Millions of apps available to smartphone owners request various permissions to resources on the devices including sensitive data such as location and contact information. Disabling permissions for sensitive resources could improve privacy but can also impact the usability of apps in ways users may not be able to predict. In our paper ‘To Permit or Not to Permit, That is the Usability Question: Crowdsourcing Mobile Apps’ Privacy Permissions Settings’ we study an efficient approach that ascertains the impact of disabling permissions on the usability of apps through large-scale, crowdsourced user testing with the ultimate goal of making recommendations to users about which permissions can be disabled for improved privacy without sacrificing usability.
We replicate and significantly extend previous analysis that showed the promise of a crowdsourcing approach where crowd workers test and report back on various configurations of an app. Through a large, between-subjects user experiment, our work provides insight into the impact of removing permissions within and across different apps. We had 218 users test Facebook Messenger, 227 test Instagram, and 110 test Twitter. We study the impact of removing various permissions within and across apps, and we discover that it is possible to increase user privacy by disabling app permissions while also maintaining app usability.
Paper ‘Cartooning for Enhanced Privacy in Lifelogging and Streaming Videos’ Presented at CV-COPS ’17
In the paper ‘Cartooning for Enhanced Privacy in Lifelogging and Streaming Videos’, we describe an object replacement approach whereby privacy-sensitive objects in videos are replaced by abstract cartoons taken from clip art. We used a combination of computer vision, deep learning, and image processing techniques to detect objects, abstract details, and replace them with cartoon clip art. We conducted a user study with 85 users to discern the utility and effectiveness of our cartoon replacement technique. The results suggest that our object replacement approach preserves a video’s semantic content while improving its piracy by obscuring details of objects.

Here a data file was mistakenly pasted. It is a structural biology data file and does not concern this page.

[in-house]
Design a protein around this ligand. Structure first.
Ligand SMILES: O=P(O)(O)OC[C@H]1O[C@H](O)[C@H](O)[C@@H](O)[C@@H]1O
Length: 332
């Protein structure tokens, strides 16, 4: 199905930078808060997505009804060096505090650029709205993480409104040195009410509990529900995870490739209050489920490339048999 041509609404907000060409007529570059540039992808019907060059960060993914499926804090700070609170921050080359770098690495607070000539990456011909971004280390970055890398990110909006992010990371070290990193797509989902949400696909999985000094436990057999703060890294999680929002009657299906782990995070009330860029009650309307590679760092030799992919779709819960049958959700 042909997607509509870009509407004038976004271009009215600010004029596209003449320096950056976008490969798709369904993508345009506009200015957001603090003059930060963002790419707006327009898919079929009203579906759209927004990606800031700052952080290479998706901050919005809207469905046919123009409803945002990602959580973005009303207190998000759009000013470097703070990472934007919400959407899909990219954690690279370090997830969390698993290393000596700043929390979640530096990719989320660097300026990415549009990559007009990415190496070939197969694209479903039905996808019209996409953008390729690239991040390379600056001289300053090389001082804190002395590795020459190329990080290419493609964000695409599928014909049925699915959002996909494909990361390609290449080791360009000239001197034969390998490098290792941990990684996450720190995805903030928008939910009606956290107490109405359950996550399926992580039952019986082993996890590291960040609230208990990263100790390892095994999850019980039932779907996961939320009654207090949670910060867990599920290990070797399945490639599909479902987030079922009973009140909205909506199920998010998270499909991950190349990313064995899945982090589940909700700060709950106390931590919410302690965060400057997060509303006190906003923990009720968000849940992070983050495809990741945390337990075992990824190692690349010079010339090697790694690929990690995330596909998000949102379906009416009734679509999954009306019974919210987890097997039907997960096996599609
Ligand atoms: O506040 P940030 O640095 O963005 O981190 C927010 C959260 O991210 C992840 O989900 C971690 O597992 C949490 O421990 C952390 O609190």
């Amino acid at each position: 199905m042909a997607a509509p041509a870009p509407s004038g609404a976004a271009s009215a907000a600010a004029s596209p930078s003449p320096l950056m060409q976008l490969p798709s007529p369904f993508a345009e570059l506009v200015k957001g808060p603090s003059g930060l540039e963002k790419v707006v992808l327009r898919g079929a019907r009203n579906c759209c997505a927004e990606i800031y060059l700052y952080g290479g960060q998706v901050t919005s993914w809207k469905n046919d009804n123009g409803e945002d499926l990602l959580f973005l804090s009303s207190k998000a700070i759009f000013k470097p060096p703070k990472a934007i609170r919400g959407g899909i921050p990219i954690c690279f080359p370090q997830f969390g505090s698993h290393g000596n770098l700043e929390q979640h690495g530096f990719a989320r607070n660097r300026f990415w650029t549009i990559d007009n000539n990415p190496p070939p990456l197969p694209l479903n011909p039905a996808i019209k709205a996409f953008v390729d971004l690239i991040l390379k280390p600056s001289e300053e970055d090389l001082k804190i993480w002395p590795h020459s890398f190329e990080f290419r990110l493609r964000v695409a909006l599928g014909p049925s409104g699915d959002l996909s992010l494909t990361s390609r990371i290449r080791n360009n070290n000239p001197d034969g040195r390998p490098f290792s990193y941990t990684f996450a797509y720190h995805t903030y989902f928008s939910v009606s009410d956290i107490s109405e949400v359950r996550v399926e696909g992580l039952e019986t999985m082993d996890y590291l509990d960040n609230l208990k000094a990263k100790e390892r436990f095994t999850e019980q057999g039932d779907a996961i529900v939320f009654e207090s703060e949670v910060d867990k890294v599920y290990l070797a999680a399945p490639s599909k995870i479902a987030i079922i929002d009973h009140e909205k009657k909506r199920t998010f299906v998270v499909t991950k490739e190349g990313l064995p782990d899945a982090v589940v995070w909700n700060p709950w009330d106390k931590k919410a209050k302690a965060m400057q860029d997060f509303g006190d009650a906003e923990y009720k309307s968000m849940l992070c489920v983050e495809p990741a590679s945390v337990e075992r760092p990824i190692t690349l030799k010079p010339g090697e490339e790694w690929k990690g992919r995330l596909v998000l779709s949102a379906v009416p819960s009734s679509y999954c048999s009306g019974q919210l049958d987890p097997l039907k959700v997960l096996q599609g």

Major online messaging services such as Facebook Messenger and WhatsApp are starting to provide users with real-time information about when precipitants read their messages. This useful feature has the potential to negatively impact privacy as well as cause concern over access to self. In the paper ‘Was My Message Read?: Privacy and Signaling on Facebook Messenger’ we surveyed 402 senders and 316 recipients on Mechanical Turk. We looked at senders’ use of and reactions to the ‘message seen’ feature, and recipients privacy and signaling behaviors in the face of such visibility. Our findings indicate that senders experience a range of emotions when their message is not read, or is read but not answered immediately. Recipients also engage in various signaling behaviors in the face of visibility by both replying or not replying immediately.
Social networking sites are starting to offer users services that provide information about their composition and behavior. LinkedIn’s ‘Who viewed my profile’ feature is an example. Providing information about content viewers to content publishers raises new privacy concerns for viewers of social networking sites. In the paper ‘Viewing the Viewers: Publishers’ Desires and Viewers’ Privacy Concerns in Social Networks we report on 718 Mechanical Turk respondents. 402 were surveyed on publishers’ use and expectations of information about their viewers, and 316 were surveyed about privacy behaviors and concerns in the face of such visibility. In some instances, such as dating sites, gender differences exist about what information respondents felt should be shared with publishers and required of viewers.